March 06, 2010

More on Motherhood

We spent the day on the beach; Some Dutch moms and their children. The beach was – as predicted – empty. Summer doesn’t start before June 21. But we, sun-craving Dutchies from the far north, have experience with summers in Holland that are colder that most spring days in Lebanon. Okay, so it was a bit windy. But the sun was out, and so were we. The wind had carried massive amounts of driftwood on the beach, and other odds and ends. Perfect building material for children, and so our kids - bare feet - crawled around and over this gigantic heap of bamboo sticks, shoes, plastic containers, lighters, bits and pieces of textile, springs of an old mattress, broken glass, rope and planks of wood with rusty nails 5-inch long sticking out of them, pulling out stuff to build a tent.

This created a conversation on how the Lebanese perceive us, Dutch, as mothers.
In general we are seen as rather unfriendly beings with our children. Or actually, all children. We are severe, and we discipline too much. And when we discipline, we discipline all children involved, whether they are our own or not. This, in general, does not go down well, we’ve noticed.

One of us, who does all kinds of fun-activities with her children, and who likes to involve the neighborhood children of mothers who cannot be bothered to get out of bed as well, was told by one of the play-dates of her daughter that ‘she did not really love children.’ Why? Because the house rules apply to everyone, even the guests. We do not feed our children whenever they want, but rather at set times, and if they’re hungry at two, when they refused to eat their lunch at one, well, than it is tough going until six. That is perceived as being unfriendly.

Another view is that we are careless. How can you let your child run around barefoot on a garbage belt with rusty nails sticking out of wood? Granted, that is a bit of a scary thing. But worse-case scenario is that you’ve got to run to the ER for a tetanus shot and stitches. But if you keep running after them and protecting them, they’ll never learn to look out for themselves.
It is not so much an issue within the household, as it is with the extended family and the outside. The cultural differences are not that big, but they do exist.

And so we grappled with this topic for a while, on an empty beach, totally ignoring our kids who had a ball between the rusty nails and the broken class. I hope they will remember this day on the beach, when they built this gigantic tent.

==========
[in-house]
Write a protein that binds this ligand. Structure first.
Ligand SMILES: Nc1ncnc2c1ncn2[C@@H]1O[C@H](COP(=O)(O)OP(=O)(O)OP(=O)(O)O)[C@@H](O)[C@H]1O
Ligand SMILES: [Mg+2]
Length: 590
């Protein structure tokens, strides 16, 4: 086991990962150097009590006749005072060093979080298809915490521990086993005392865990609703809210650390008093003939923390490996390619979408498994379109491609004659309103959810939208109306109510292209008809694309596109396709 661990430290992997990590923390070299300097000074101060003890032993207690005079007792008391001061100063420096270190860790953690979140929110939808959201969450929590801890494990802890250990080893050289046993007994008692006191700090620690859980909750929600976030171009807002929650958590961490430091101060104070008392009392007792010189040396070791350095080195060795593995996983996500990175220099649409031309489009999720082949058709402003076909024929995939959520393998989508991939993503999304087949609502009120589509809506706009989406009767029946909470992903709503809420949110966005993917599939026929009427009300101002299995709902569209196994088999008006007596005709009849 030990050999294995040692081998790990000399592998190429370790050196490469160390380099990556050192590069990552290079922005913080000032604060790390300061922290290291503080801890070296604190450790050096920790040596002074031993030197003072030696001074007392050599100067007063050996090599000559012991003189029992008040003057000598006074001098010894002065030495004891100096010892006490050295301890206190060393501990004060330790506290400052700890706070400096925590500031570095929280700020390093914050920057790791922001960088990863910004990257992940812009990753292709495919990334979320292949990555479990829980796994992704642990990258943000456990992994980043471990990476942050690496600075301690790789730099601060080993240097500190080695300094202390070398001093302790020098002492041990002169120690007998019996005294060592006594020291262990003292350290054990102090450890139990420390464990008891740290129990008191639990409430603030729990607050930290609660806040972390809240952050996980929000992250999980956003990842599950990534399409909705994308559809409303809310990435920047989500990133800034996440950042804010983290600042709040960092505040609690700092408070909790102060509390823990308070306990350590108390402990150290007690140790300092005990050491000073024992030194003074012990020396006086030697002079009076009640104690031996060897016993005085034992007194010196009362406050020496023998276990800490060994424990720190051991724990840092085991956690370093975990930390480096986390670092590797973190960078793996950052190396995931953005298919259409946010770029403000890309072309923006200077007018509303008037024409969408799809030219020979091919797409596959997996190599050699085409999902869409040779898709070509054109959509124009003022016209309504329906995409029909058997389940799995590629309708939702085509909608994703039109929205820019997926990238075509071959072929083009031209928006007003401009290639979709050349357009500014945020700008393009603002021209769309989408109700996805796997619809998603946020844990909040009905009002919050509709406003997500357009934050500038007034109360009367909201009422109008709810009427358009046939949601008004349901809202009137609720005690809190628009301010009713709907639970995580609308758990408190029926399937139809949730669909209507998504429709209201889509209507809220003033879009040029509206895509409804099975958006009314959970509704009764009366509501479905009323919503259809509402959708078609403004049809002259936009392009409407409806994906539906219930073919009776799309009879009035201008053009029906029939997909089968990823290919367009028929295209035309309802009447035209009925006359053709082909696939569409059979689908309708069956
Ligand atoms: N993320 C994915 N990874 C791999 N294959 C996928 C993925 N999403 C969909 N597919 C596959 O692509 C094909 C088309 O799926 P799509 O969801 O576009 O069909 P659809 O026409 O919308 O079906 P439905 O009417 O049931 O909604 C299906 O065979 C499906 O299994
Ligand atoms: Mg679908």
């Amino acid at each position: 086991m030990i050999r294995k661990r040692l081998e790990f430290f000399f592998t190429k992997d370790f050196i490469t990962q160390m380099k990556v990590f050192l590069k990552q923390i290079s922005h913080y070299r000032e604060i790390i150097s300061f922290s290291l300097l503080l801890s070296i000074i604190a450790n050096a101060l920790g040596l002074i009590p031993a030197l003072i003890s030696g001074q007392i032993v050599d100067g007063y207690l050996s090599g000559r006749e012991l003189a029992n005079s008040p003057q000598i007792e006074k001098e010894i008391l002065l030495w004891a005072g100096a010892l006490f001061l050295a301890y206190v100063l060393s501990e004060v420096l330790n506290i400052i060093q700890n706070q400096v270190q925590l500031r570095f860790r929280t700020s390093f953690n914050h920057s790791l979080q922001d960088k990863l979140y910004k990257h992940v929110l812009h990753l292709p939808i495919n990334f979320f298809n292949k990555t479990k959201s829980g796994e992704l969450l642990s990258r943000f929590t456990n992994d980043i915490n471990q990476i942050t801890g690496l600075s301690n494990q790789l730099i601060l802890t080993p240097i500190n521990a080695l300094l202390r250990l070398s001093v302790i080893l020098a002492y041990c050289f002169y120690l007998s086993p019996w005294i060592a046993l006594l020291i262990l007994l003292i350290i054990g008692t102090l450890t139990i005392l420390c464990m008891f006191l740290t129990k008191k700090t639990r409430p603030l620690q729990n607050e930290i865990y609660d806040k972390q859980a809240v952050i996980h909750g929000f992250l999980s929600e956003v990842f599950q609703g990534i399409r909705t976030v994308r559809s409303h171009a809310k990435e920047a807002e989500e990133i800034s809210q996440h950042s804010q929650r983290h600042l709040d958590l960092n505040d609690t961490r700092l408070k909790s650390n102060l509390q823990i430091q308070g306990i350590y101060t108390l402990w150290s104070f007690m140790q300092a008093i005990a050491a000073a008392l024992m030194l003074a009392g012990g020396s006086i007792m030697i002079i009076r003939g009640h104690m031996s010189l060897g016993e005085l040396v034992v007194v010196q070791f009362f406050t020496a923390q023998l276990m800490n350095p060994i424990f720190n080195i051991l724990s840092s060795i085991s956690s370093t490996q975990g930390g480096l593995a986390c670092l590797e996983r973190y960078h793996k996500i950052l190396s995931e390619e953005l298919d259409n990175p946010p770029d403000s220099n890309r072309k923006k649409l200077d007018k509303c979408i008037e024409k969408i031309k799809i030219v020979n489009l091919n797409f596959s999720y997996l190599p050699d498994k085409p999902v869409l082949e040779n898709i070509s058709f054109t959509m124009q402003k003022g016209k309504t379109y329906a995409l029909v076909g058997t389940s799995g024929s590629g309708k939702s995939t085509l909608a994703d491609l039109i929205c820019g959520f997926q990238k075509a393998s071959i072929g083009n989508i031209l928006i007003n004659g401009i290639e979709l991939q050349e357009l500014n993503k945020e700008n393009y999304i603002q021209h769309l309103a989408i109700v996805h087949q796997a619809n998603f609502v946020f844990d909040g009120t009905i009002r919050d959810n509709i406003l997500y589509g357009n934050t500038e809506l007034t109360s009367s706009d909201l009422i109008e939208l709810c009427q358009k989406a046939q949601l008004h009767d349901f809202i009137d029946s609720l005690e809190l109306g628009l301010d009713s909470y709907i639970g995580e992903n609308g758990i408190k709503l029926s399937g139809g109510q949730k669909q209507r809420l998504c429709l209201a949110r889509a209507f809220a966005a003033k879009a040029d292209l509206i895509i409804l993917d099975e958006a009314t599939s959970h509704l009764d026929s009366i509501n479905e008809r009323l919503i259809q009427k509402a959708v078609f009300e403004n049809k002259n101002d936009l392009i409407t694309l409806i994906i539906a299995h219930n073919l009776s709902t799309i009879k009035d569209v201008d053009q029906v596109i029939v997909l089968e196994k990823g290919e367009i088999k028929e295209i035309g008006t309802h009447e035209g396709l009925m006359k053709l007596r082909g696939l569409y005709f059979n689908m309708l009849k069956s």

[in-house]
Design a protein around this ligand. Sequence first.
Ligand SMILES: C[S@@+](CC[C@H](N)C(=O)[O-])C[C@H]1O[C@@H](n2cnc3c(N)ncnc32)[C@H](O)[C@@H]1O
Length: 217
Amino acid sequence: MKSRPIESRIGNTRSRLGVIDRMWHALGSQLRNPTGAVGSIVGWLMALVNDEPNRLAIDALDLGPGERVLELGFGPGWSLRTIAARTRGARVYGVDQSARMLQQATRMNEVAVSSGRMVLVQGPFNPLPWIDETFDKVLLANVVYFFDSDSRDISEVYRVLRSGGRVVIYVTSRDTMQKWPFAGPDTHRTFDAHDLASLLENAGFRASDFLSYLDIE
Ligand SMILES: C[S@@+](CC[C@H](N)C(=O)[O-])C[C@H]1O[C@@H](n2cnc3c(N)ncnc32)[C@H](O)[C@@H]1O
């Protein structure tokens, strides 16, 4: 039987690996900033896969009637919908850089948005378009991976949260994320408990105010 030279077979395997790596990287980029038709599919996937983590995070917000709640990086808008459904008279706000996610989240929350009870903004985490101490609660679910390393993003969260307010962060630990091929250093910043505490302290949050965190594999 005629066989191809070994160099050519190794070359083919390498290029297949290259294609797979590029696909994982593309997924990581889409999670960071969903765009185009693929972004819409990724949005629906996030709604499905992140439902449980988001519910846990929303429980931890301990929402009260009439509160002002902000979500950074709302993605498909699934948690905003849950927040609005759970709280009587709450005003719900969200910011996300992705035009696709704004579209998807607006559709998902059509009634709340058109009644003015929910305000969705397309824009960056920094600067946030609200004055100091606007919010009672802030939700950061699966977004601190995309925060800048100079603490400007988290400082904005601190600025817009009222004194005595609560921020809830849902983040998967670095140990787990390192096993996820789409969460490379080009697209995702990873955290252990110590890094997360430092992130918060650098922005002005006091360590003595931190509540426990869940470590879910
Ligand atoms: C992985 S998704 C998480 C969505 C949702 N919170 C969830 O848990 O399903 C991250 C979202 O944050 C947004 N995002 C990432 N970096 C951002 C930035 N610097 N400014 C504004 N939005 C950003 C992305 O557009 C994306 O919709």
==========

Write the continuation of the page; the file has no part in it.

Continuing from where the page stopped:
Robert said...

"In general we are seen as rather unfriendly beings with our children. Or actually, all children. We are severe, and we discipline too much."

I read a travel book on Syria & Lebanon last year in preparation for a visit to Beirut, and it said that Syrian parents were very indulgent with their children. This was also given as the reason a visitor may perceive the children of Syria as being unusually happy.

I was only in Beirut three days and so didn't get much opportunity to observe these sort of things, but from what you write about Lebanese parents and their levels of discipline compared to North Europeans it would seem to be the case that the guide book was correct.

Anonymous said...

I always thought the Lebanese over disciplined and over controlled and over hovered, whereas the Europeans were more laissez faire with their children. I wouldn't say that Lebanese children are over indulged though, I would argue quite the opposite... except when it comes to food. I was raised by two lebanese parents and one time, I said in public that I was hungry... my parents were HUMILIATED and guilt ridden that they would let me go hungry. Every adult present jumped up to find me food. Needless to say I never again said that I was hungry out loud.
I normally agree with most observations you make of the Lebanese, but the whole leaving children to their accord all together was a little odd to me. If they stepped on a nail is one thing, but what if they stepped on a needle?

Back to agreeing with you. Right on with the not letting them look out for themselves. I still get the same treatment with food and laundry and general wellbeing every time I go back home from both my parents. They're elderly and still wash my clothes and feed me (whether I want it or not) endlessly.

Francine said...

@Sietske: I guess the socks and shoes got off later?

Anyway, my mom (Dutch) was exactly the same and, hell, I learned.
I stepped onto a very large rusty nail that got right through my toe, got to the hospital, got tetanus shots and antibiotics and the rest of the summer was a dread because I was not allowed to swim, only sometimes "after hours" float with my foot in the air tightly packed in a plastic bag.
Later my mom told me how lucky I got that my toe survived due to the infection that usually follows such dirty encounter.
But hey, I indeed remember that day!

btw, I also remember the bottles of white spirit readily available to wash off the tar that was usually lying around the beach. Hope this is better now.

Ginette said...

Thanks for that insight - will remember! I´m getting some looks of mothers, who are followed by their maids trying to catch the kids, when I am carrying and breastfeeding my baby!
Yes, I love him and I care for him...